Abstract 5638: Distinct Symptom Clusters Predict Event-free Survival In Depressed And Non-depressed Patients With Heart Failure
Heart failure (HF) symptoms likely occur in clusters that may be associated with event-free survival. However, whether symptom clusters affect event-free survival is unknown. The first aim was to exam the impact of symptom cluster on event-free survival. The second aim was to test whether depressive symptoms influence the link between symptom cluster and event-free survival. A total of 309 patients (57% male, 62 ± 14 yrs, 45% NYHA class III/IV) were recruited. HF symptoms and depressive symptoms were measured by the Symptom Status Questionnaire and Beck Depression Inventory. Event-free survival (emergency department visits, hospitalization, and death) was collected for a median follow-up of 185 days and confirmed by review of hospital records. An agglomerative hierarchical clustering approach was used to identify symptom clusters. Hierarchical Cox hazard regression and the Kaplan-Meier technique was used to achive the first and second aim, respectively. Two distinct symptom clusters emerged;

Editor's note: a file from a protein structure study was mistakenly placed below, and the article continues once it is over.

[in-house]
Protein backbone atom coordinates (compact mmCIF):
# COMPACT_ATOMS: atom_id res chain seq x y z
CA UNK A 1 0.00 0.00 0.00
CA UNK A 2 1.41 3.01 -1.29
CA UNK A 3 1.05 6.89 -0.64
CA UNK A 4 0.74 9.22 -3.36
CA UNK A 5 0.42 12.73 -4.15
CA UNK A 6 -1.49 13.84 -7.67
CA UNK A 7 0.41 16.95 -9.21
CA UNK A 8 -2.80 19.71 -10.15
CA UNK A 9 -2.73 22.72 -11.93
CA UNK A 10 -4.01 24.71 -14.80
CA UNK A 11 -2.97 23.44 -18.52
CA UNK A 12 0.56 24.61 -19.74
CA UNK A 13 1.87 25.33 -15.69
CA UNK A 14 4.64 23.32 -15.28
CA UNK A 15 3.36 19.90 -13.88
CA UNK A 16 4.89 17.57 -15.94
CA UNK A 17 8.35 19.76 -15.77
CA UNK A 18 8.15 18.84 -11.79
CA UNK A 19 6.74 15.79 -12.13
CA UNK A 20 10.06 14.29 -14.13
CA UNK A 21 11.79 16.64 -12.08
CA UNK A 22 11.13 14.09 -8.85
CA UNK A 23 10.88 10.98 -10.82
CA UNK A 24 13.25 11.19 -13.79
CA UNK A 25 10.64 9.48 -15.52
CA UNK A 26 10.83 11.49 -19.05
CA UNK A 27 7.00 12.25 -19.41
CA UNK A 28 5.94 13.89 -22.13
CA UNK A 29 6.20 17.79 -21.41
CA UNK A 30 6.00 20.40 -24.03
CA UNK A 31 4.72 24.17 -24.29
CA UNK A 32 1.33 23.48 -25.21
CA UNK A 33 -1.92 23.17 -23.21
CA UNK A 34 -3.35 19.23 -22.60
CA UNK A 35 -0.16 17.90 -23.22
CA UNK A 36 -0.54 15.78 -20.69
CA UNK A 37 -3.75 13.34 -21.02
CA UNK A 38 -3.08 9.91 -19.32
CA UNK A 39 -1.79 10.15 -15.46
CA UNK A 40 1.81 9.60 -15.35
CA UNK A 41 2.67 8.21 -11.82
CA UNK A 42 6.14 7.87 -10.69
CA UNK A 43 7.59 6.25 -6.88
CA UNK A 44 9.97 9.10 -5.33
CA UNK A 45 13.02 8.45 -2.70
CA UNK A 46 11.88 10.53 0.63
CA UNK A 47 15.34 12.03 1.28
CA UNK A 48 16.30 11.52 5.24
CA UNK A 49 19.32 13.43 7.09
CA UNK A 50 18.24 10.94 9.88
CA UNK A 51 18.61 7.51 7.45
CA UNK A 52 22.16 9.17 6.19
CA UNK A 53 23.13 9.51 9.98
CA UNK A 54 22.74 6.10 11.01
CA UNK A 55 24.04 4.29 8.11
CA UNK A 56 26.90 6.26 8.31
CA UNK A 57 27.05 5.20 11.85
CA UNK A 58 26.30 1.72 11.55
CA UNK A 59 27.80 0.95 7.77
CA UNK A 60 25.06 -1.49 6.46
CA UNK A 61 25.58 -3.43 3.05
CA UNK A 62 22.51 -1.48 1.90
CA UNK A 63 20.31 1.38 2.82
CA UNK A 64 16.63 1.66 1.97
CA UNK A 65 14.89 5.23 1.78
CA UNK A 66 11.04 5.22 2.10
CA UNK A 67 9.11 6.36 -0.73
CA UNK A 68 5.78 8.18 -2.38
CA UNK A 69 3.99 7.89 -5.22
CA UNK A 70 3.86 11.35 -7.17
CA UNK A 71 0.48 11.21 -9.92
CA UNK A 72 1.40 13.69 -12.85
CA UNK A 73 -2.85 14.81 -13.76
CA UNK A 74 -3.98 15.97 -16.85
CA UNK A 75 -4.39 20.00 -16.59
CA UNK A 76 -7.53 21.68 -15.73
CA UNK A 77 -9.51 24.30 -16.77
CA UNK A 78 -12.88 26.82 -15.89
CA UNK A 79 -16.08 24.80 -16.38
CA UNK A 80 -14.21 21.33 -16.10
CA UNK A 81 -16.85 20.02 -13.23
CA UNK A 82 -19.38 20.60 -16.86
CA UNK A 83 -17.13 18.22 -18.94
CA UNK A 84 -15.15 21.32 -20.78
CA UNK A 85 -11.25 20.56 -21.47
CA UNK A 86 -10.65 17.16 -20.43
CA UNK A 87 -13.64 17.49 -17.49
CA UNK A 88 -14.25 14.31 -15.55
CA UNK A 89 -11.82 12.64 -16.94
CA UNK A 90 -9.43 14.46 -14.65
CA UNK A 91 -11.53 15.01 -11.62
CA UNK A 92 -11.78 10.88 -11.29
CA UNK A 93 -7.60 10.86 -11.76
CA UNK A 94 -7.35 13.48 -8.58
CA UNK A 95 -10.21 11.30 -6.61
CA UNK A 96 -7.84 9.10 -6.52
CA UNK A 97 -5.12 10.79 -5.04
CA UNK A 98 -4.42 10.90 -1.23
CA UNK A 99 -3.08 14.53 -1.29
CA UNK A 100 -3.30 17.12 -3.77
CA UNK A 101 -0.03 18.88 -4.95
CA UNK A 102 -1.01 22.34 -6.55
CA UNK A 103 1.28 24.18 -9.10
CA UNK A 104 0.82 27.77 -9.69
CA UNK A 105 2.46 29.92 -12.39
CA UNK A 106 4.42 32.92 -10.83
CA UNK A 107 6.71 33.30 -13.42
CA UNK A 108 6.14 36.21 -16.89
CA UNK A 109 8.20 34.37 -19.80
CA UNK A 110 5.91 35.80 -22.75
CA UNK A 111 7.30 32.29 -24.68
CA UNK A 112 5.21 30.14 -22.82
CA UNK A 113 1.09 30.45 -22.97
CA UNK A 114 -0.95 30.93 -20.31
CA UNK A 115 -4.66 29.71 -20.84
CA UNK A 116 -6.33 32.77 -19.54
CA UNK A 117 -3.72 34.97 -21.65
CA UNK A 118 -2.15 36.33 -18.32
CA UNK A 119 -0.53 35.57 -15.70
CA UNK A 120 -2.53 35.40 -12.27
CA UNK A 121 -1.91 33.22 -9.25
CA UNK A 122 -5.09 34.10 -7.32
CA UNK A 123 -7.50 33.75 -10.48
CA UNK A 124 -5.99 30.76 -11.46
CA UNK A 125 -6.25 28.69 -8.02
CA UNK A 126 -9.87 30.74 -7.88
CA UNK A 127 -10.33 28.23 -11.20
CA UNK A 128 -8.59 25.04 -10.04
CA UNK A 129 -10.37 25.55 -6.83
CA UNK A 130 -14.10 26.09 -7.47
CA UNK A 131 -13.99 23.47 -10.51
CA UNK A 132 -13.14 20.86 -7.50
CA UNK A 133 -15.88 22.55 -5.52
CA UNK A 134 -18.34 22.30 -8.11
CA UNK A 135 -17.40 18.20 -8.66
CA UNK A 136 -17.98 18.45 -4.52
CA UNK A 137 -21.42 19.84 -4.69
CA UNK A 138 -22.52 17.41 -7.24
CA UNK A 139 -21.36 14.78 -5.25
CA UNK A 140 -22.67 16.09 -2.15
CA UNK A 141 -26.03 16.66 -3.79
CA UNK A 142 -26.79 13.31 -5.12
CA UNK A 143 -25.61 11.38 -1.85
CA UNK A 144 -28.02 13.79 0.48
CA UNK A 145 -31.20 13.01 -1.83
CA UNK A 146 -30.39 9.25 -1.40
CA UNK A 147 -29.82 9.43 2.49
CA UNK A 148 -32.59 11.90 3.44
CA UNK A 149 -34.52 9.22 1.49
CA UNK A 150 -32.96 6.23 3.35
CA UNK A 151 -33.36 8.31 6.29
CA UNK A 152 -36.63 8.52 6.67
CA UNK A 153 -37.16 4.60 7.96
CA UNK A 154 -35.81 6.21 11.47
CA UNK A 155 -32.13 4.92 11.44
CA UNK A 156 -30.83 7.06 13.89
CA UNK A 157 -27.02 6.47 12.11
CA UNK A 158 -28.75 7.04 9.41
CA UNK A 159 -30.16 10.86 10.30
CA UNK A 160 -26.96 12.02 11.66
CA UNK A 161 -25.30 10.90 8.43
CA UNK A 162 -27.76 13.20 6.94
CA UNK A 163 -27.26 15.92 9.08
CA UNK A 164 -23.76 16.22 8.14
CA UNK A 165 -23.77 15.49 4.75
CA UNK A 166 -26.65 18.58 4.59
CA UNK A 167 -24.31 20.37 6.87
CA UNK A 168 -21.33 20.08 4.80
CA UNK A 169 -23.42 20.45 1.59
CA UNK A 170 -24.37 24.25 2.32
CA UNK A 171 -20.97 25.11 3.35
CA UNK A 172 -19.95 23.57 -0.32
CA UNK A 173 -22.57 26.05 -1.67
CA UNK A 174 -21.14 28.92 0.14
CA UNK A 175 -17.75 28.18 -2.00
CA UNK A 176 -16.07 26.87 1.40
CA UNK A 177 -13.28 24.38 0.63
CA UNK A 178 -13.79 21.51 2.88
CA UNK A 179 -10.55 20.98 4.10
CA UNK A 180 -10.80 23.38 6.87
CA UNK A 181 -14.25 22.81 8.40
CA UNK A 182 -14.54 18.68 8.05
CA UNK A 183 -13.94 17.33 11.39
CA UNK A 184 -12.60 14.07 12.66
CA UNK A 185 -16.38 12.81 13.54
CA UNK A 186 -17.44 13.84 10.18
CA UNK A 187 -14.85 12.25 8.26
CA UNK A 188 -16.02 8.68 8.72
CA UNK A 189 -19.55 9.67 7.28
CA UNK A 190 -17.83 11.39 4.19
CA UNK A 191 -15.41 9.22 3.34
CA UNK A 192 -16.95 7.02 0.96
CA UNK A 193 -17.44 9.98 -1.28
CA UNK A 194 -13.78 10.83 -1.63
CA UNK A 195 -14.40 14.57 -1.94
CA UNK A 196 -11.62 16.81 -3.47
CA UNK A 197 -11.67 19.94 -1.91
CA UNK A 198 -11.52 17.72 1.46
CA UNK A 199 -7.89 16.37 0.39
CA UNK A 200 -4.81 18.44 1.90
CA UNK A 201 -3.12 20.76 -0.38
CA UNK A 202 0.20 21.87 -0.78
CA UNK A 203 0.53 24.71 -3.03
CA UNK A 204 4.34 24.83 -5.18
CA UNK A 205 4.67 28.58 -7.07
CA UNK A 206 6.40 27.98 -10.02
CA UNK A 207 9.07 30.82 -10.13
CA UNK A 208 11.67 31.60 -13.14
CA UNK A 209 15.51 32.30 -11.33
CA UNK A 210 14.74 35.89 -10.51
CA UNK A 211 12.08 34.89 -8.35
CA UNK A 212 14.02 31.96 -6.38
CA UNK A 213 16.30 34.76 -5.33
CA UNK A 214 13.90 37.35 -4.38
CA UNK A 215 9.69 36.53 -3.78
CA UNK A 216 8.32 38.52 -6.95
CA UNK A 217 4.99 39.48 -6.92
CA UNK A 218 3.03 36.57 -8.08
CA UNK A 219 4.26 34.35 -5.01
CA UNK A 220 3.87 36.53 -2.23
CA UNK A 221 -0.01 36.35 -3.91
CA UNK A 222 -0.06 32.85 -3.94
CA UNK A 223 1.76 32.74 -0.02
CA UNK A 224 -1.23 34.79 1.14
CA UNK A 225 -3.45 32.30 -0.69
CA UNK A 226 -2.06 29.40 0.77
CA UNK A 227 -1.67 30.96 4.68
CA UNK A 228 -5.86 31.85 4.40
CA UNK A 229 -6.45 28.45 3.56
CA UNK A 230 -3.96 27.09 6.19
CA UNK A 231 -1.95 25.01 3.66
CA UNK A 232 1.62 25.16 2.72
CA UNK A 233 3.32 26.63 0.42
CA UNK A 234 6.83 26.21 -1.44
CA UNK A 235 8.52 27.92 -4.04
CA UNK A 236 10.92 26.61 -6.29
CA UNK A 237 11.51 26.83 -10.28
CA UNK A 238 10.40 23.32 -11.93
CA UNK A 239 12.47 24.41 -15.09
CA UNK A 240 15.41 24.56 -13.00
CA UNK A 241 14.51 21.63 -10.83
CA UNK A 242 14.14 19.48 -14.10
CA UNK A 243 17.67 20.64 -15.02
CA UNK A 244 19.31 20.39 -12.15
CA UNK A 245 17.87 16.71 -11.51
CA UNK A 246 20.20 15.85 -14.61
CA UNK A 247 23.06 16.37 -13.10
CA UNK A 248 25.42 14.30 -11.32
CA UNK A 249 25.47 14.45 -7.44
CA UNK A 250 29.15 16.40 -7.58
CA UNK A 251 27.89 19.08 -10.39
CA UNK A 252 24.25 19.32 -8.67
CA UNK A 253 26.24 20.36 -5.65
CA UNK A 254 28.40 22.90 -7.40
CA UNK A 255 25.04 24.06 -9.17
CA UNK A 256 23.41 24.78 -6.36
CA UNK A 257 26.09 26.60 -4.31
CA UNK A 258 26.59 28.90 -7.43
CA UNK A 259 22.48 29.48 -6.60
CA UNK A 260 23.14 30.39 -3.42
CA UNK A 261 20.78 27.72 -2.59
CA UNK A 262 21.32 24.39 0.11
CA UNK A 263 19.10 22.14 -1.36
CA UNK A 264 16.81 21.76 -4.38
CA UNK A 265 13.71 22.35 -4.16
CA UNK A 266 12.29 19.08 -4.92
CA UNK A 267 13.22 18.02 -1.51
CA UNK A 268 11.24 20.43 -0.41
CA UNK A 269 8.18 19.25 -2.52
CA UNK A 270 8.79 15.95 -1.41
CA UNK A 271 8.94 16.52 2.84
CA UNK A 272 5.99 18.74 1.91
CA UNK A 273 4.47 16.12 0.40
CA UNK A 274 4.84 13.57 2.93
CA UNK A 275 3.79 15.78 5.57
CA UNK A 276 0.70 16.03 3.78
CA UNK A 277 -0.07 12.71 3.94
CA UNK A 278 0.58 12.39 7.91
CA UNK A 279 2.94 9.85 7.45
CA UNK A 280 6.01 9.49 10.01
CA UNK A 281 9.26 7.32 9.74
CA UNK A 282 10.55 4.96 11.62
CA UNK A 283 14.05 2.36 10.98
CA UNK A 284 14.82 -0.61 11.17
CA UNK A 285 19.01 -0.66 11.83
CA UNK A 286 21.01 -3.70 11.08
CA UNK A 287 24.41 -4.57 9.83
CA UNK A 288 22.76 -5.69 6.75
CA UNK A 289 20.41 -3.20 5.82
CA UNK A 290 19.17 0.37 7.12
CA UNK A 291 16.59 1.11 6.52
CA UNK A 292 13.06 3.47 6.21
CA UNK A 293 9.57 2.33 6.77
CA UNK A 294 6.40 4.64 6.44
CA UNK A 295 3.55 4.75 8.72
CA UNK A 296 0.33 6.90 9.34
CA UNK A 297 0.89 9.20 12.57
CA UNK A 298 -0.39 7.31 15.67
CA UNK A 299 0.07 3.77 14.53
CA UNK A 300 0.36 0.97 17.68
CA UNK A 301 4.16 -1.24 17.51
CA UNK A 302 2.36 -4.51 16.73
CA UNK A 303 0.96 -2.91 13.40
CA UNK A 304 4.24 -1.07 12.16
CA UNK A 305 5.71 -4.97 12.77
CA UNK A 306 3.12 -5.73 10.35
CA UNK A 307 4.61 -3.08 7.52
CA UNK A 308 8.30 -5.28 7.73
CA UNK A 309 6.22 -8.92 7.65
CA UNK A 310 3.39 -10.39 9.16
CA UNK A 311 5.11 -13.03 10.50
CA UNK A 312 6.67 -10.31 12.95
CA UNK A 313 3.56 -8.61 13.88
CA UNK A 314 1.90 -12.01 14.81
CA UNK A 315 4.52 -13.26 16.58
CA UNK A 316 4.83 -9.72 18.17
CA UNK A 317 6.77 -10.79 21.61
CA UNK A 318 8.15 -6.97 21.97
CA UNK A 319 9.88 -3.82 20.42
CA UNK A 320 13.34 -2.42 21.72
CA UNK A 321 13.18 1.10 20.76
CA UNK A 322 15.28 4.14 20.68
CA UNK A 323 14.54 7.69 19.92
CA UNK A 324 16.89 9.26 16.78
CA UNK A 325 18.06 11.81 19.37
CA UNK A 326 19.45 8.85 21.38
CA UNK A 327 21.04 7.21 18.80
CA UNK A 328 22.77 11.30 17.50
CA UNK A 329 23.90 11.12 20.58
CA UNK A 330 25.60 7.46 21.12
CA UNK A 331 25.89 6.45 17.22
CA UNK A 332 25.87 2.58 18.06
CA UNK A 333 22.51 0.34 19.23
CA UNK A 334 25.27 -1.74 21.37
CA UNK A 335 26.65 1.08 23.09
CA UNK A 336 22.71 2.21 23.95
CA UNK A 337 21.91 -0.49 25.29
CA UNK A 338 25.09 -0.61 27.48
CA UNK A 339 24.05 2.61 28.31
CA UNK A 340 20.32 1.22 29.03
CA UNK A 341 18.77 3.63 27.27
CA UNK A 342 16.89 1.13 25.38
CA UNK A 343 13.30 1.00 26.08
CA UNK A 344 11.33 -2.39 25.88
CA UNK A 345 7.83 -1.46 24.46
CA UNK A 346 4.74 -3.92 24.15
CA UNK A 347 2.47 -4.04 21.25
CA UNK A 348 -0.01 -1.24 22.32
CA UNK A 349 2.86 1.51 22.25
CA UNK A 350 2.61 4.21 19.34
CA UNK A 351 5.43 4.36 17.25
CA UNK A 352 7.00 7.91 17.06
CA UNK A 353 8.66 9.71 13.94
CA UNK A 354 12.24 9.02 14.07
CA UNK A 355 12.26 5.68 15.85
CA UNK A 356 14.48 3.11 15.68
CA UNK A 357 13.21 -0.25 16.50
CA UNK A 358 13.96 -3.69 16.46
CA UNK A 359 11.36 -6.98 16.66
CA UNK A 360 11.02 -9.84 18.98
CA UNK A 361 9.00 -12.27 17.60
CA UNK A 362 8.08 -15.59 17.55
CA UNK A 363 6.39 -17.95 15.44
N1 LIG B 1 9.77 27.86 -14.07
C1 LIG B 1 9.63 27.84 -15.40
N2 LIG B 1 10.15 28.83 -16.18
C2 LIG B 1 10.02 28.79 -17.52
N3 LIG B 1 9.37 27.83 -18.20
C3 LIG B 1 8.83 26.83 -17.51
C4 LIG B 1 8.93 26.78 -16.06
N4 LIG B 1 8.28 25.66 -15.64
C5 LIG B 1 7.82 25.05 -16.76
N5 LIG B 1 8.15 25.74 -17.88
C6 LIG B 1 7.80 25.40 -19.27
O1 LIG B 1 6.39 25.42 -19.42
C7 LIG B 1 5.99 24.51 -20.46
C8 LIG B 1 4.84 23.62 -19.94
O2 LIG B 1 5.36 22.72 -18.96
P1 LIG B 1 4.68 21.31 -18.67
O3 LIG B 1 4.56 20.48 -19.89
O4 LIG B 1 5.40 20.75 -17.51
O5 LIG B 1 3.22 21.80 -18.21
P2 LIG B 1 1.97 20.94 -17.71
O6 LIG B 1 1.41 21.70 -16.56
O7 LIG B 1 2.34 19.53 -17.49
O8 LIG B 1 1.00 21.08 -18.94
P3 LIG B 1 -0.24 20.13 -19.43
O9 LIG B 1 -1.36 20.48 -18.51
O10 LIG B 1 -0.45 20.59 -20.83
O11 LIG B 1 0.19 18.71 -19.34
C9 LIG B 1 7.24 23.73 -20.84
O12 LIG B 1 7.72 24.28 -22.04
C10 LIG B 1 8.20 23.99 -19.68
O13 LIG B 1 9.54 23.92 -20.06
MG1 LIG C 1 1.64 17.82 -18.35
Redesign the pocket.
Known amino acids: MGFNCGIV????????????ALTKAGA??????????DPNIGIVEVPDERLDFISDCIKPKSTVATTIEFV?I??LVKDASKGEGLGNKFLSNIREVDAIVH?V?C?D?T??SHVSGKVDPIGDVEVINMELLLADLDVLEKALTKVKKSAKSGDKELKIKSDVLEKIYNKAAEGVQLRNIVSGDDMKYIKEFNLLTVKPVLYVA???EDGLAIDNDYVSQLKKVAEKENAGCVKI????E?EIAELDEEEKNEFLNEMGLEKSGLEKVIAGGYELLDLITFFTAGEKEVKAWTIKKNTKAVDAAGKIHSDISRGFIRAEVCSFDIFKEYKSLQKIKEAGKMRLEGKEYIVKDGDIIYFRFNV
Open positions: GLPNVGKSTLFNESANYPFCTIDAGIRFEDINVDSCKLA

dyspnea on exertion, paroxysmal nocturnal dyspnea, orthopnea, and dyspnea at rest,
ankle swelling, fatigue, anorexia, chest discomfort, and sleep difficulty.
After controlling for age, gender, NYHA functional class, EF, and etiology of HF, the first symptom cluster predicted event-free survival (HR = 1.07, 95% CI = 1.05–1.14). When stratified by depressive symptoms, depressed patients with high distress of the first symptom cluster had the shortest event-free survival (p< .001). Distinct symptom cluster predicted event-free survival. Depressive symptoms influenced the impact of symptom cluster on event-free survival.